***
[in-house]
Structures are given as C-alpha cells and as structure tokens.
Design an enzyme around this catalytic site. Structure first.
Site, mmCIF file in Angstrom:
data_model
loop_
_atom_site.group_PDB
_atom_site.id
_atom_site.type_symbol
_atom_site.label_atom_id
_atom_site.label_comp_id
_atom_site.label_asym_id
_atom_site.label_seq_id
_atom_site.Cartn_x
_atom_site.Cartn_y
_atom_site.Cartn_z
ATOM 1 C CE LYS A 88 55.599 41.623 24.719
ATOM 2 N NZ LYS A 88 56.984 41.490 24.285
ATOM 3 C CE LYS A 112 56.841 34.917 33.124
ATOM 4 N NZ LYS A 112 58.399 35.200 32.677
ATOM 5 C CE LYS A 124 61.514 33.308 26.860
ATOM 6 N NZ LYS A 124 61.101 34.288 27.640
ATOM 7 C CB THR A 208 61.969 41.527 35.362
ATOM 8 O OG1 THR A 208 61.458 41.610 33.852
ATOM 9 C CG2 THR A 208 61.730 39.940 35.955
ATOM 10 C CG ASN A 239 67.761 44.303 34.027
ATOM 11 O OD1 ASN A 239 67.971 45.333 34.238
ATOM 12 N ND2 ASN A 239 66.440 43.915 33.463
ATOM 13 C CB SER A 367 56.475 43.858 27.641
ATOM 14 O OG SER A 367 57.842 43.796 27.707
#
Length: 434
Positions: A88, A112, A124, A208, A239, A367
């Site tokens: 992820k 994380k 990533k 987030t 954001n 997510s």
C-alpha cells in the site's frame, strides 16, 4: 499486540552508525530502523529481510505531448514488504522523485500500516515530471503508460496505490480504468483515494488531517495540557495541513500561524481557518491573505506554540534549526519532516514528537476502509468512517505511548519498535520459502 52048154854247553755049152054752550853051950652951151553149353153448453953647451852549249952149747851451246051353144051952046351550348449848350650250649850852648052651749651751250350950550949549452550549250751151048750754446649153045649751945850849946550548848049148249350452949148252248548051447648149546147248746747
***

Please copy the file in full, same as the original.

[in-house]
Structures are given as C-alpha cells and as structure tokens.
Design an enzyme around this catalytic site. Structure first.
Site, mmCIF file in Angstrom:
data_model
loop_
_atom_site.group_PDB
_atom_site.id
_atom_site.type_symbol
_atom_site.label_atom_id
_atom_site.label_comp_id
_atom_site.label_asym_id
_atom_site.label_seq_id
_atom_site.Cartn_x
_atom_site.Cartn_y
_atom_site.Cartn_z
ATOM 1 C CE LYS A 88 55.599 41.623 24.719
ATOM 2 N NZ LYS A 88 56.984 41.490 24.285
ATOM 3 C CE LYS A 112 56.841 34.917 33.124
ATOM 4 N NZ LYS A 112 58.399 35.200 32.677
ATOM 5 C CE LYS A 124 61.514 33.308 26.860
ATOM 6 N NZ LYS A 124 61.101 34.288 27.640
ATOM 7 C CB THR A 208 61.969 41.527 35.362
ATOM 8 O OG1 THR A 208 61.458 41.610 33.852
ATOM 9 C CG2 THR A 208 61.730 39.940 35.955
ATOM 10 C CG ASN A 239 67.761 44.303 34.027
ATOM 11 O OD1 ASN A 239 67.971 45.333 34.238
ATOM 12 N ND2 ASN A 239 66.440 43.915 33.463
ATOM 13 C CB SER A 367 56.475 43.858 27.641
ATOM 14 O OG SER A 367 57.842 43.796 27.707
#
Length: 434
Positions: A88, A112, A124, A208, A239, A367
């Site tokens: 992820k 994380k 990533k 987030t 954001n 997510s």
C-alpha cells in the site's frame, strides 16, 4: 499486540552508525530502523529481510505531448514488504522523485500500516515530471503508460496505490480504468483515494488531517495540557495541513500561524481557518491573505506554540534549526519532516514528537476502509468512517505511548519498535520459502 52048154854247553755049152054752550853051950652951151553149353153448453953647451852549249952149747851451246051353144051952046351550348449848350650250649850852648052651749651751250350950550949549452550549250751151048750754446649153045649751945850849946550548848049148249350452949148252248548051447648149546147248746747